ChemE’s Coty Jen and MechE’s Ryan Sullivan were quoted in Salon about their experiences with wildfires in California. “I remember waking up to a smoke-filled apartment as I had left the window open in my bedroom at night,” Sullivan wrote to Salon about his first month of his Ph.D. program at the University of California - San Diego. A large wildfire had broken out in the San Diego area. Jen told Salon that she remembered the northern California wildfires of October/November 2017 while she lived in Berkeley, California, which she described as “a pretty surreal experience. Everywhere smelled like smoke and it continued for days,” she recalled. “Since I was researching wildfire smoke and how it impacts air pollution, I started collecting measurements of the smoke from our lab.”
Robinson published on EPA
MechE Head Allen Robinson published an op-ed on Lancaster Online about the EPA’s denial of science and the effect it has on Pennsylvanian methane pollution. “This denial of science and failure of leadership at the federal level make strong, swift and decisive action on methane rules at the state level all the more imperative,” Robinson and his co-author wrote.
MechE’s Albert Presto was quoted by WESA in an article discussing the impact of less traffic during the COVID-19 pandemic. Presto found that less driving led to decreases in carbon monoxide and nitrogen dioxide emissions, as well as reduced fine particulate matter, small particles that can lead to serious health problems. While this research specifically addresses the effects of life during the pandemic, Presto also says that “this is what a potential future atmosphere could look like” in the Pittsburgh region if half of all vehicles became electric cars.
MechE’s Albert Presto was quoted in WESA on pollution during the coronavirus pandemic. The original research was done by Presto and MechE Head Allen Robinson. In a recent paper, a Carnegie Mellon University research group documented a drop in air pollutants. Their work showed that less driving meant lower concentrations of emissions such as carbon monoxide and nitrogen dioxide. Presto said more surprising was the decrease in fine particulate matter, which are really small particles that can cause big health problems. “That was the same whether we were in a high-traffic place or a low-traffic place,” he said.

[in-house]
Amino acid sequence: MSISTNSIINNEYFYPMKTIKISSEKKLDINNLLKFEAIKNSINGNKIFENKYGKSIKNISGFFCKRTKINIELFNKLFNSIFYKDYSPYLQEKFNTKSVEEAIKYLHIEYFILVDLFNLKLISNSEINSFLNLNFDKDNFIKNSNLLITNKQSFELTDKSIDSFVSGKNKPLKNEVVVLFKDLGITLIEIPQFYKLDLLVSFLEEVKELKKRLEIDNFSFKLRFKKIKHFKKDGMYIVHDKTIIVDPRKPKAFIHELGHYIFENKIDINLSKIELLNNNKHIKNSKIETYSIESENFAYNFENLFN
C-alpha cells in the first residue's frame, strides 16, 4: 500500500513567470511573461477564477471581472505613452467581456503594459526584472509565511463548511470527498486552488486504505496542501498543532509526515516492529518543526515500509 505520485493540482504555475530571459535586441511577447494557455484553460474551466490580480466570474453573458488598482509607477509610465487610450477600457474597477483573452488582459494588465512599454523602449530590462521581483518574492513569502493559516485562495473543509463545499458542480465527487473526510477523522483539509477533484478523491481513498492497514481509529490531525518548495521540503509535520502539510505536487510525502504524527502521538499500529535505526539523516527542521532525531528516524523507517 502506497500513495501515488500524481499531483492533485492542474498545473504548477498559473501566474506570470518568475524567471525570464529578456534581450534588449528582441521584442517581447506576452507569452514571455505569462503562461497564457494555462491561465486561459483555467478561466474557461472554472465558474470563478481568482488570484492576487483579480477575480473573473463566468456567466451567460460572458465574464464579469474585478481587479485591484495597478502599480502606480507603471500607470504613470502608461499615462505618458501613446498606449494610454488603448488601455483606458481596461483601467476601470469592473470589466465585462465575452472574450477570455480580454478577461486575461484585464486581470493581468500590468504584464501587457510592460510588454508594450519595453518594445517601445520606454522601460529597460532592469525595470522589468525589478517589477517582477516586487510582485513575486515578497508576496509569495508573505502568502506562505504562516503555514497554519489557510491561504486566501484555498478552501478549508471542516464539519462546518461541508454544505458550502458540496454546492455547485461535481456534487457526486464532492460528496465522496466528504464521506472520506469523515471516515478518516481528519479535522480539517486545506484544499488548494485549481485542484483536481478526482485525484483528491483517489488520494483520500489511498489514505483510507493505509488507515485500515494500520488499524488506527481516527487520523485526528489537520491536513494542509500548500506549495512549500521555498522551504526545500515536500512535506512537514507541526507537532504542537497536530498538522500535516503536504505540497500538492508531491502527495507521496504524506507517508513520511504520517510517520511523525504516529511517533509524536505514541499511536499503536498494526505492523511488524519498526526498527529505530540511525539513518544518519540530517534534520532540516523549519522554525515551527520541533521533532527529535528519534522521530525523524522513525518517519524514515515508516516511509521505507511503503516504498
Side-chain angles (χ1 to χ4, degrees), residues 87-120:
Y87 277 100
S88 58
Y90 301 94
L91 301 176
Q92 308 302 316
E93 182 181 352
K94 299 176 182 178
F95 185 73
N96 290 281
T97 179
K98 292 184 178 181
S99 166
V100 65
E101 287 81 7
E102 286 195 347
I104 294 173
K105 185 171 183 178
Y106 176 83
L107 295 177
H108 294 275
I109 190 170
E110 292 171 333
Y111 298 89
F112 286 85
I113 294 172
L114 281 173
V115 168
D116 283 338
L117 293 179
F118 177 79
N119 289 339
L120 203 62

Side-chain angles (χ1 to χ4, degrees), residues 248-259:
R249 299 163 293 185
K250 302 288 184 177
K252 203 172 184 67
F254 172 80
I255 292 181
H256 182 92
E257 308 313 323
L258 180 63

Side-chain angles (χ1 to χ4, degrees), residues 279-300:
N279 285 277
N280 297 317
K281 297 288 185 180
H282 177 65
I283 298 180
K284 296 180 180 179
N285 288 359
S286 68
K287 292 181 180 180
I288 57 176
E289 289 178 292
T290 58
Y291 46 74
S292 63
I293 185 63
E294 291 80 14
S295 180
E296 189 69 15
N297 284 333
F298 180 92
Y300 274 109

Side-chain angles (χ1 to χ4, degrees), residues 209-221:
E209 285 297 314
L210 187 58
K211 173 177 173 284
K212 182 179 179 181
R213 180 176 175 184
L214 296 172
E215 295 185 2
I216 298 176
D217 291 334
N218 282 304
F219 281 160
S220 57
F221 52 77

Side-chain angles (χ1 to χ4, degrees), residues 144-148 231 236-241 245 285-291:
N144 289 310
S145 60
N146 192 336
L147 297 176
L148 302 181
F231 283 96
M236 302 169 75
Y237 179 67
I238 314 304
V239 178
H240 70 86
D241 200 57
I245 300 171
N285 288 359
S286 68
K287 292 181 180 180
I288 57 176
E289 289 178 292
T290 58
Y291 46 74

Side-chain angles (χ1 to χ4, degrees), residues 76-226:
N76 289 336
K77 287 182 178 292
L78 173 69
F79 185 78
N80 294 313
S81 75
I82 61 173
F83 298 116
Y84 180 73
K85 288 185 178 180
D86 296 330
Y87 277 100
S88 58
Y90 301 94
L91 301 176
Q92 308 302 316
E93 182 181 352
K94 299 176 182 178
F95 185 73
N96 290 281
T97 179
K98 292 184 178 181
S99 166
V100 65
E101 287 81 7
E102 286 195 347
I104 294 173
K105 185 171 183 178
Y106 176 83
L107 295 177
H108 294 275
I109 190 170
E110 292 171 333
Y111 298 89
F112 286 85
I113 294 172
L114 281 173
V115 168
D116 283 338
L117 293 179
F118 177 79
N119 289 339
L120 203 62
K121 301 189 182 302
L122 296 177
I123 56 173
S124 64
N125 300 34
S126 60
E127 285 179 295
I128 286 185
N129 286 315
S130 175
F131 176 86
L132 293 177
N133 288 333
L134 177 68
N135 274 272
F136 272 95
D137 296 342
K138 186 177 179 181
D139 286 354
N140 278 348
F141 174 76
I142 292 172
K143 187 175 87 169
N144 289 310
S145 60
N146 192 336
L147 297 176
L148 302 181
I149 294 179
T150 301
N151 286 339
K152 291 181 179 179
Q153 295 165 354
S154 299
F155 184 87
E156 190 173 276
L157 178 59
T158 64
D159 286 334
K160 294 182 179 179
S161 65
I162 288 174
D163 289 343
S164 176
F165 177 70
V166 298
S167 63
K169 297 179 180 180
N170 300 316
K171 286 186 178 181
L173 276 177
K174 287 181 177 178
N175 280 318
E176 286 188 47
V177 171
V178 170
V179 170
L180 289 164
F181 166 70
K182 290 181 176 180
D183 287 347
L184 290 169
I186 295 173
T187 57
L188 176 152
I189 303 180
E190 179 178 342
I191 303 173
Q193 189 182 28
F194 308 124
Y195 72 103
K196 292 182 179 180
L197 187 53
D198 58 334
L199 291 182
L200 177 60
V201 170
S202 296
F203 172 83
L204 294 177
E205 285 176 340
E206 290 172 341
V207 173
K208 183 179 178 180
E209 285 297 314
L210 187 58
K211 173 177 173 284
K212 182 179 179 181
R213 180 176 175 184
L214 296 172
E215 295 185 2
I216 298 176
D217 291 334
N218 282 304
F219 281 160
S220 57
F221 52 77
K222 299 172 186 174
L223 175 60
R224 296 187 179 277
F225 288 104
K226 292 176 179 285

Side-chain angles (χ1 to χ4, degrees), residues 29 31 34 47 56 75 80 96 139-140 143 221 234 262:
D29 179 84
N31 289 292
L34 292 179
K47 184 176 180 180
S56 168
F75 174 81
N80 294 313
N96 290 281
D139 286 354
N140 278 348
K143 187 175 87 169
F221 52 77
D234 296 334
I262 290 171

Donahue quoted on COVID-19 spread
KDKA CBS Pittsburgh
ChemE/EPP’s Neil Donahue was quoted in KDKA on coronavirus spread. There is evidence for inside transmission. “Those particles, they can float around literally for days,” says Donahue. “The more fresh air you get in a room, the more diluted those (virus) particles are going to be.”
Sullivan paper named among RSC Best of 2019
Royal Society of Chemistry
MechE’s Ryan Sullivan and collaborators at the University of Washington had a research paper named among the Best Papers 2019 - Environmental Science: Processes & Impacts by the Royal Society of Chemistry.
Adams co-authors article arguing EPA stance on air pollution
New England Journal of Medicine
EPP Head Peter Adams is one of the co-authors on a paper published in the New England Journal of Medicine that argues against the EPA’s current stance on air pollution standards for fine particulate matter. The paper, written jointly by members of the disbanded EPA scientific review panel for these standards, argues that by circumventing the regulation that requires pollution standards to be overseen by a scientific review panel, the EPA is opening the public up to unnecessary risk of death from air pollution. “Political appointees at the EPA are saying that the United States does not need tighter air pollution standards for fine particulate matter, which is known to cause tens of thousands of premature deaths each year,” says Adams. “The law requires a scientific review to determine if the standards need to be tighter, but EPA chose to short-circuit that process by disbanding the normal review panel. Members of the disbanded panel chose to do the review anyway, and this paper declares publicly our conclusion that the current standards are insufficient to protect public health.”
Donahue featured on smog
ChemE/EPP’s Neil Donahue was featured on a Nature podcast and in C&EN on atmospheric smog. In densely populated cities, concentrations of relatively large airborne particles can be more than 100 times as high as those in rural locations. To sort out this atmospheric puzzle, a team including Donahue conducted a series of experiments in a controlled-atmosphere chamber. The team tested components of big-city air pollution and probed the gases’ behavior over a range of temperatures.
Presto quoted on Pittsburgh air pollution
MechE’s Albert Presto was quoted in the York Dispatch on the decrease in Pittsburgh air pollution after the coronavirus shutdown. Presto said he first noticed an “obvious change” to air quality levels, specifically for particulate matter, after March 13, when Gov. Tom Wolf first ordered a shutdown of all nonessential businesses and closed schools throughout Pennsylvania. With fewer vehicles on the road, scientists have taken note of the almost-overnight effects of lower air pollution. “There's a definite difference,” Presto said of the changes in air quality in March. “It was like a light switch almost.”
CEE/EPP’s Jared Cohon, EPP’s Nicholas Muller, and MechE Head Allen Robinson published a letter about the costs of gas extraction in Bloomberg Environment. “The fact that the impacts from emissions cross county and state boundaries is a clear indication of the need for federal management of natural gas extraction and use,” they write. “Our contention is that society must determine whether these trade-offs are, in effect, worth it.”